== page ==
Reviewed by: Shannon Hammell
|Featuring:||Al Pacino, Joseph Fiennes, Zuleikha Robinson, Lynn Collins, Charlie Cox|
|Producer:||Cary Brokaw, Barry Navidi, Michael Cowan|
|Distributor:||Sony Pictures Classics|
William Shakespeare’s writings, to paraphrase one of his contemporaries, are not solely limited to his generation but for all times. One can find a modern romantic comedy on the silver screen or in one of Shakespeare’s plays such as “Much Ado About Nothing,” “A Midsummer Night’s Dream,” or even “Twelfth Night.” Even one of Shakespeare’s controversial plays has a certain, prophetic side. “The Merchant of Venice” explores anti-Semitism in one of the most liberal cities of the Renaissance period. During this time, Jews were segregated into different living quarters or ghettos (as they were known in Italian), and men had to wear red caps distinguishing them from their Christian counterparts. This anti-Jewish prejudice seems all too familiar with what occurred some 50 to 60 years ago.
Antonio (the talented Jeremy Irons) is a rich sea merchant who has a strong dislike toward Jews, especially Shylock (the equally talented Al Pacino), a wealthy man who makes his living as a moneylender or usurer (as Shakespeare calls it). Shylock tries to make an attempt to say “hello” to Antonio in a crowd but is received by being spat in the face. The two men are extremely distant, separated by misconceptions about their spiritual faiths.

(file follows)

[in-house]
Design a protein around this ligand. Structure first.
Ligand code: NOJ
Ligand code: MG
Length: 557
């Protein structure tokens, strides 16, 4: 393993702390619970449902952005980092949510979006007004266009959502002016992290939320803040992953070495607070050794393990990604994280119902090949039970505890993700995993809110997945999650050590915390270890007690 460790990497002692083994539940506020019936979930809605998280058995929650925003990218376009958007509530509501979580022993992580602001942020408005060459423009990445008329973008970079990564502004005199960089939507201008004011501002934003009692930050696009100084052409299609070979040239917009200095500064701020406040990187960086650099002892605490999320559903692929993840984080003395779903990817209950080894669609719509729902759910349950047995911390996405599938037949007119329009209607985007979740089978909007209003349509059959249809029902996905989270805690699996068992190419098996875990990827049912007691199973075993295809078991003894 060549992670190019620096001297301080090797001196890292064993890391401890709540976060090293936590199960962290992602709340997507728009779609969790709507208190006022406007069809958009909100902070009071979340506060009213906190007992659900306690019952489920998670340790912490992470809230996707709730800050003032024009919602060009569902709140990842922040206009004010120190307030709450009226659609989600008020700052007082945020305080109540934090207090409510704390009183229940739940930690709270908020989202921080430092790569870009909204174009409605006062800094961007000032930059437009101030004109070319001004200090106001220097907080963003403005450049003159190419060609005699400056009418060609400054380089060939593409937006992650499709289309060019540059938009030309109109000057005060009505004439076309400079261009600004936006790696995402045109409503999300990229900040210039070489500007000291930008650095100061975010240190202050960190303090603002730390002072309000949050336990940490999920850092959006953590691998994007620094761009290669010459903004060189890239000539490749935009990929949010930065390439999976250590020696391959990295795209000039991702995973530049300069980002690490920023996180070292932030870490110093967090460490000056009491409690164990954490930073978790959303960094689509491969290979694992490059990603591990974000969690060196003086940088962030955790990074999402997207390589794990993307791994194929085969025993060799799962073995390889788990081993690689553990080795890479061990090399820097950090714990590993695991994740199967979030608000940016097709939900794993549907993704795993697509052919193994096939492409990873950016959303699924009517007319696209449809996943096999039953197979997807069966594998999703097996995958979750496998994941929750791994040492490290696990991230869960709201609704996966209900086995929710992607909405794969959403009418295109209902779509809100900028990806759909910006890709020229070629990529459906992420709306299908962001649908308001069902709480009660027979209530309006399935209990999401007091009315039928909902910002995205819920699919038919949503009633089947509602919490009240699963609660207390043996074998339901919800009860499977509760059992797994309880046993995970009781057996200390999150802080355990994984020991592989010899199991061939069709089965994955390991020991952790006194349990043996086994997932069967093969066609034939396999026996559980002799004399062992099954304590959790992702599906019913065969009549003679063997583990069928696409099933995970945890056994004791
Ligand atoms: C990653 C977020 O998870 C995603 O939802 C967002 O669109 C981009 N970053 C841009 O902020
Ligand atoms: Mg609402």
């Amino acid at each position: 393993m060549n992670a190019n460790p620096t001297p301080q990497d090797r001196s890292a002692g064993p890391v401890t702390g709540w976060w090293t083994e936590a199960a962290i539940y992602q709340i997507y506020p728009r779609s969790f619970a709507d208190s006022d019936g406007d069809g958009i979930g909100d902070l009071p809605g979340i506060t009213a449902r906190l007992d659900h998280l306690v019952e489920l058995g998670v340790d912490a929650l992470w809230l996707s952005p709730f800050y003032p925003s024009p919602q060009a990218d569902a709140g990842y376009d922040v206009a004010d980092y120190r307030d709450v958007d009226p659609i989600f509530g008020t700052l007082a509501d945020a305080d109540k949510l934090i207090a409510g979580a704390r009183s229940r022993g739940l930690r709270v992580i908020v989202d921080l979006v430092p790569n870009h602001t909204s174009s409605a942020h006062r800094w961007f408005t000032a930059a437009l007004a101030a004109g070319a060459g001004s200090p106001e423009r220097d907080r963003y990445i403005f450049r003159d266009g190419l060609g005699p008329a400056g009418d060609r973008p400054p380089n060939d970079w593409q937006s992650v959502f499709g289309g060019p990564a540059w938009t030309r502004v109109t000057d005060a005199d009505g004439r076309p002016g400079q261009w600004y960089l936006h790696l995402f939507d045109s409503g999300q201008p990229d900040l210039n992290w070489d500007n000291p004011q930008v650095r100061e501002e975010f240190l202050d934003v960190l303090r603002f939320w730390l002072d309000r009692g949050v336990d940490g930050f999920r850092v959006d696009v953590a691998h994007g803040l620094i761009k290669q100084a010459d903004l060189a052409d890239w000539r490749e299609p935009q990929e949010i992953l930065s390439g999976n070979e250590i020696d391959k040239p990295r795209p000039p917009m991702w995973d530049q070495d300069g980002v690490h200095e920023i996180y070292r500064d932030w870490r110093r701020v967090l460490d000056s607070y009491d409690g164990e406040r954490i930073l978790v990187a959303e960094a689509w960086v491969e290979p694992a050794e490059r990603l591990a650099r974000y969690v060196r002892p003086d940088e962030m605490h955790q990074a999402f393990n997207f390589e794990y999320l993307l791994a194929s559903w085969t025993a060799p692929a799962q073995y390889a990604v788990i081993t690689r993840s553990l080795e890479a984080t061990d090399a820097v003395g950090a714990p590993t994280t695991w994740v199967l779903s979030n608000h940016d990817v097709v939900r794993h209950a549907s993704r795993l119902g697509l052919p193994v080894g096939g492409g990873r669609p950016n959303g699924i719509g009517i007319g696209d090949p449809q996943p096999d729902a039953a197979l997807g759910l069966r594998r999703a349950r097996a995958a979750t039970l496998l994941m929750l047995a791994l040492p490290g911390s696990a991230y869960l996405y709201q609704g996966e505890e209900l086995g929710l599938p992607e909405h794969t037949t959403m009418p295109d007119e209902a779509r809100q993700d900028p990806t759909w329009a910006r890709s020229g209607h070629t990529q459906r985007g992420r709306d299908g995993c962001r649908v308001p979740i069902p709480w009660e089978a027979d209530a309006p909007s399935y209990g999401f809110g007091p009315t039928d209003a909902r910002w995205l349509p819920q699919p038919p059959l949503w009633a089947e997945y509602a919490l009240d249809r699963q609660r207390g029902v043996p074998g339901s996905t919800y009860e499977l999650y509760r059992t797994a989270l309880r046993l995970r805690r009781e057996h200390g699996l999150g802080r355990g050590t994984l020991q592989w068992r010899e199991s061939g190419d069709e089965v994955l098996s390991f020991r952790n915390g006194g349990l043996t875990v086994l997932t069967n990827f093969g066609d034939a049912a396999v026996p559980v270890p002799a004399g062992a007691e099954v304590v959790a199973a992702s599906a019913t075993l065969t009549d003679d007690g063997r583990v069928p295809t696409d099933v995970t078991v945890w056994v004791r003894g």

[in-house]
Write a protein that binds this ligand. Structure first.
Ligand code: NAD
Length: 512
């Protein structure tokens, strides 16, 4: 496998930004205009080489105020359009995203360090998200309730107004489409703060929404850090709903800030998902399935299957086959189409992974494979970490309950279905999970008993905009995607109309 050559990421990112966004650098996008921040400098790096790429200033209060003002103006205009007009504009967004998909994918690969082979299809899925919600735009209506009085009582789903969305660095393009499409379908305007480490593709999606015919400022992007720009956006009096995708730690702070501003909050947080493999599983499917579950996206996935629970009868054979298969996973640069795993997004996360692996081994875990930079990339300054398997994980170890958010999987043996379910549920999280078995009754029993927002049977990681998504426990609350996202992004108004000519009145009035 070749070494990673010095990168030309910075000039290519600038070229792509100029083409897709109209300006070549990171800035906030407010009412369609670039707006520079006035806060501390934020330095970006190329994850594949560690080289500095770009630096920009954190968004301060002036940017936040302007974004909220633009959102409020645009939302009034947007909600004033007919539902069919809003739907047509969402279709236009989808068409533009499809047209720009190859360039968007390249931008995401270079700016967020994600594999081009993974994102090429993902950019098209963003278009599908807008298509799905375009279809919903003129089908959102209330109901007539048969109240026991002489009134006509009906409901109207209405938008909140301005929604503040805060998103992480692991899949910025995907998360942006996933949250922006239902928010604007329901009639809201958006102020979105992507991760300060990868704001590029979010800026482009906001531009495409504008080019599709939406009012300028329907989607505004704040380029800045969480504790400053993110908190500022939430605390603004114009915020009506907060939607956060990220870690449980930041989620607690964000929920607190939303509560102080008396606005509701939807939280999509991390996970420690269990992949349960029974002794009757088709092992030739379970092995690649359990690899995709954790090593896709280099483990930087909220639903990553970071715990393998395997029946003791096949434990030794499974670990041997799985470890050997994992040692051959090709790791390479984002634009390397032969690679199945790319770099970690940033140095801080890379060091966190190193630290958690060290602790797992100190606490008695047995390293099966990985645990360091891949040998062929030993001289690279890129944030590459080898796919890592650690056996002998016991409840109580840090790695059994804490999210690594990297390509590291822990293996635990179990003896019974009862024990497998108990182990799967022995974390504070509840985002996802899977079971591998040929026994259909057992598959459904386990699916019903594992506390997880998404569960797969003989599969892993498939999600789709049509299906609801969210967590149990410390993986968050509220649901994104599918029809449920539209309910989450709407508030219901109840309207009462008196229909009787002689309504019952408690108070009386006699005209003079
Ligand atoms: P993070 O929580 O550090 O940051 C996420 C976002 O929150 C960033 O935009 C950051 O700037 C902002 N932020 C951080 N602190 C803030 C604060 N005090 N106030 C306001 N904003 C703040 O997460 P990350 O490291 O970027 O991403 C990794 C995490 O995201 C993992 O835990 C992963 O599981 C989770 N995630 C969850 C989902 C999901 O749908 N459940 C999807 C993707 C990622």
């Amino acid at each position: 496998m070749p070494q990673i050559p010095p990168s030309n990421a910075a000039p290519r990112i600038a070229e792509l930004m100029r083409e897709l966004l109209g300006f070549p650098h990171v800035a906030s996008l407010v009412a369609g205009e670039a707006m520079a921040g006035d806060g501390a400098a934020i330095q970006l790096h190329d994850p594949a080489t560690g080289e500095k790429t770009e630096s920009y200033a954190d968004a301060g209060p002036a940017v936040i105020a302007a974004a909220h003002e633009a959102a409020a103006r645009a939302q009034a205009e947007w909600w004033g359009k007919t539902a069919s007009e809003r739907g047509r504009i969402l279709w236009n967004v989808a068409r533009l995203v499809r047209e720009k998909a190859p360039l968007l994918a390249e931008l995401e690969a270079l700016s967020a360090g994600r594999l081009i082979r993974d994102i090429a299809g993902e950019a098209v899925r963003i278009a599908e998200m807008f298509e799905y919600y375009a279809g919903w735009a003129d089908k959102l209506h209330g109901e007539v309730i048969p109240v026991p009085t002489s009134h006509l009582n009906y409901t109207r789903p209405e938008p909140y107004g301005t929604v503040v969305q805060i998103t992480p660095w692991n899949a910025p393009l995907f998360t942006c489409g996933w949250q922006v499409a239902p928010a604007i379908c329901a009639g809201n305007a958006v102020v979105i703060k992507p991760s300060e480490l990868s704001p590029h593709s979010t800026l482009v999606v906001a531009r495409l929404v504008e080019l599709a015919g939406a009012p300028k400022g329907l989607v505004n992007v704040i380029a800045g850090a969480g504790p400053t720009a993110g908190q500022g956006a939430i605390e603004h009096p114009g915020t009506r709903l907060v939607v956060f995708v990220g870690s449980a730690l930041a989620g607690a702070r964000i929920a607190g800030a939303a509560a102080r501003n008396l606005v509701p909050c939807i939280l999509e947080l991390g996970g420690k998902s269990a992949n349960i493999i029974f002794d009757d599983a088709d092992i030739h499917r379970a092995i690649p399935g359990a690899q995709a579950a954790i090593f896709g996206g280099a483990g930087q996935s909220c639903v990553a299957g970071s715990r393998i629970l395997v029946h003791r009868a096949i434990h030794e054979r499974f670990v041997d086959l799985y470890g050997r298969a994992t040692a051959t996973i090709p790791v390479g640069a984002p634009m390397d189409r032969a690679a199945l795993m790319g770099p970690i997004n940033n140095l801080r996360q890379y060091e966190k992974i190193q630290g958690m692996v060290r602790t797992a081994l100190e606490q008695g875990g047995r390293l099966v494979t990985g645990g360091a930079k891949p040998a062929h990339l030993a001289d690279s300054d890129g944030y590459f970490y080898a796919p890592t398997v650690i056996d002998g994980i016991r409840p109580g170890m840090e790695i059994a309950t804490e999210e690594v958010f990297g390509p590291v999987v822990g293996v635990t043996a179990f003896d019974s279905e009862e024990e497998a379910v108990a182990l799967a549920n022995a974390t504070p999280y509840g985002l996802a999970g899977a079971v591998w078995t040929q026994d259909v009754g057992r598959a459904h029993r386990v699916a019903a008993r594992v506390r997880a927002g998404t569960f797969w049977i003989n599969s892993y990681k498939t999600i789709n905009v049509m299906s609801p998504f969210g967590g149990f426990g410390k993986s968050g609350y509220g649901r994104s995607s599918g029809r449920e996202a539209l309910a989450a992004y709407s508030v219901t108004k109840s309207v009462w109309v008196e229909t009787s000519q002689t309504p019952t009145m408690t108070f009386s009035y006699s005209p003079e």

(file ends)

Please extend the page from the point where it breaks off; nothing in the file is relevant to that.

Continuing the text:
While Shylock is doing well for himself, Antonio is having some financial troubles. Business isn’t as usual and when his friend, a nobleman named Bassanio (Joseph Fiennes), comes to ask him for money so he can woo the fair and beautiful Portia (Lynn Collins), he is forced to seek a lender to loan him 3,000 ducats. After all, Antonio could not turn down his best friend, especially if he’s going to court the woman of his dreams. He finally swallows his pride and pays a visit to Shylock’s office, asking him for a loan.
At first, Shylock is hesitant to lend him the money, because of how Antonio had treated him in the past (spat on him, called him a dog, mocked him, etc.), but then decides to grant him the loan because he felt that Antonio was a “good man” and had good credit (second mortgages were unheard of during this time). If Antonio could not pay back the loan within three months’ time, he is to forfeit one pound of his flesh to Shylock. Despite Bassanio’s plea to not accept the “deal,” Antonio complies, saying that he would make much more than twice the amount in the next few months.
Meanwhile, Portia and her best friend Nerissa (Heather Goldenhersh) are hanging out at Portia’s huge estate, awaiting her potential suitors. Portia’s father had set up some sort of “puzzle” to choose her husband. There are three boxes set up: one made of gold, one made of silver, and one made of lead, and the man who selects the box containing Portia’s picture wins her as a bride.
With her picture safely tucked away in the lead container, two anxious suitors arrive only to pick the wrong box (a wealthy moor had selected the gold box containing a skull, while an old, rich aristocrat had selected the silver one, containing a replica of a fool’s head). Now, it’s Bassanio’s turn, as he shows up decked out in fine, expensive clothing and an entourage following him wherever he goes. Thanks to Antonio’s loan, he is able to woo his beloved Portia (and by selecting the right box).